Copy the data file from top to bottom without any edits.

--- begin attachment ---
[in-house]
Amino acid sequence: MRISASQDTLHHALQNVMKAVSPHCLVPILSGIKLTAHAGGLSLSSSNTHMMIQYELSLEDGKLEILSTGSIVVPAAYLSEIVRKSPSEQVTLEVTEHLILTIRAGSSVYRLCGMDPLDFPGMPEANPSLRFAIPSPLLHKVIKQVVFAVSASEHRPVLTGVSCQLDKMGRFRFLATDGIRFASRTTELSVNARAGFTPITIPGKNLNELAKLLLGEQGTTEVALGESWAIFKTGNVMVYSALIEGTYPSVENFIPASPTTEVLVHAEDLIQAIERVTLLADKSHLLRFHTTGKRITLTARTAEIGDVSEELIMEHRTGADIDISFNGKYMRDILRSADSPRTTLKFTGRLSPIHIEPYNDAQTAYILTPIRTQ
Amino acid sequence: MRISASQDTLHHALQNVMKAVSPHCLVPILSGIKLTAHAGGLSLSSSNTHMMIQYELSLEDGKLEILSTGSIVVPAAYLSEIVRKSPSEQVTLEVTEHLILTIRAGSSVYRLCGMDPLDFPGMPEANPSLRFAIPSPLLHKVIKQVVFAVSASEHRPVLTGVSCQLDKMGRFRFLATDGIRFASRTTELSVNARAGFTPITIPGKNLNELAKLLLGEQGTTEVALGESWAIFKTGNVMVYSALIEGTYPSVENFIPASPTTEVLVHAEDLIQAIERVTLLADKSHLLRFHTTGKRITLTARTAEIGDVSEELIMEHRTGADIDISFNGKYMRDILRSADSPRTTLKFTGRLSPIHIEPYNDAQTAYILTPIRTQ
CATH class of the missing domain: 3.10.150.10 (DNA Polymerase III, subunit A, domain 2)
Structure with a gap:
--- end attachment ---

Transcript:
[in-house]
Amino acid sequence: MRISASQDTLHHALQNVMKAVSPHCLVPILSGIKLTAHAGGLSLSSSNTHMMIQYELSLEDGKLEILSTGSIVVPAAYLSEIVRKSPSEQVTLEVTEHLILTIRAGSSVYRLCGMDPLDFPGMPEANPSLRFAIPSPLLHKVIKQVVFAVSASEHRPVLTGVSCQLDKMGRFRFLATDGIRFASRTTELSVNARAGFTPITIPGKNLNELAKLLLGEQGTTEVALGESWAIFKTGNVMVYSALIEGTYPSVENFIPASPTTEVLVHAEDLIQAIERVTLLADKSHLLRFHTTGKRITLTARTAEIGDVSEELIMEHRTGADIDISFNGKYMRDILRSADSPRTTLKFTGRLSPIHIEPYNDAQTAYILTPIRTQ
Amino acid sequence: MRISASQDTLHHALQNVMKAVSPHCLVPILSGIKLTAHAGGLSLSSSNTHMMIQYELSLEDGKLEILSTGSIVVPAAYLSEIVRKSPSEQVTLEVTEHLILTIRAGSSVYRLCGMDPLDFPGMPEANPSLRFAIPSPLLHKVIKQVVFAVSASEHRPVLTGVSCQLDKMGRFRFLATDGIRFASRTTELSVNARAGFTPITIPGKNLNELAKLLLGEQGTTEVALGESWAIFKTGNVMVYSALIEGTYPSVENFIPASPTTEVLVHAEDLIQAIERVTLLADKSHLLRFHTTGKRITLTARTAEIGDVSEELIMEHRTGADIDISFNGKYMRDILRSADSPRTTLKFTGRLSPIHIEPYNDAQTAYILTPIRTQ
CATH class of the missing domain: 3.10.150.10 (DNA Polymerase III, subunit A, domain 2)
Structure with a gap: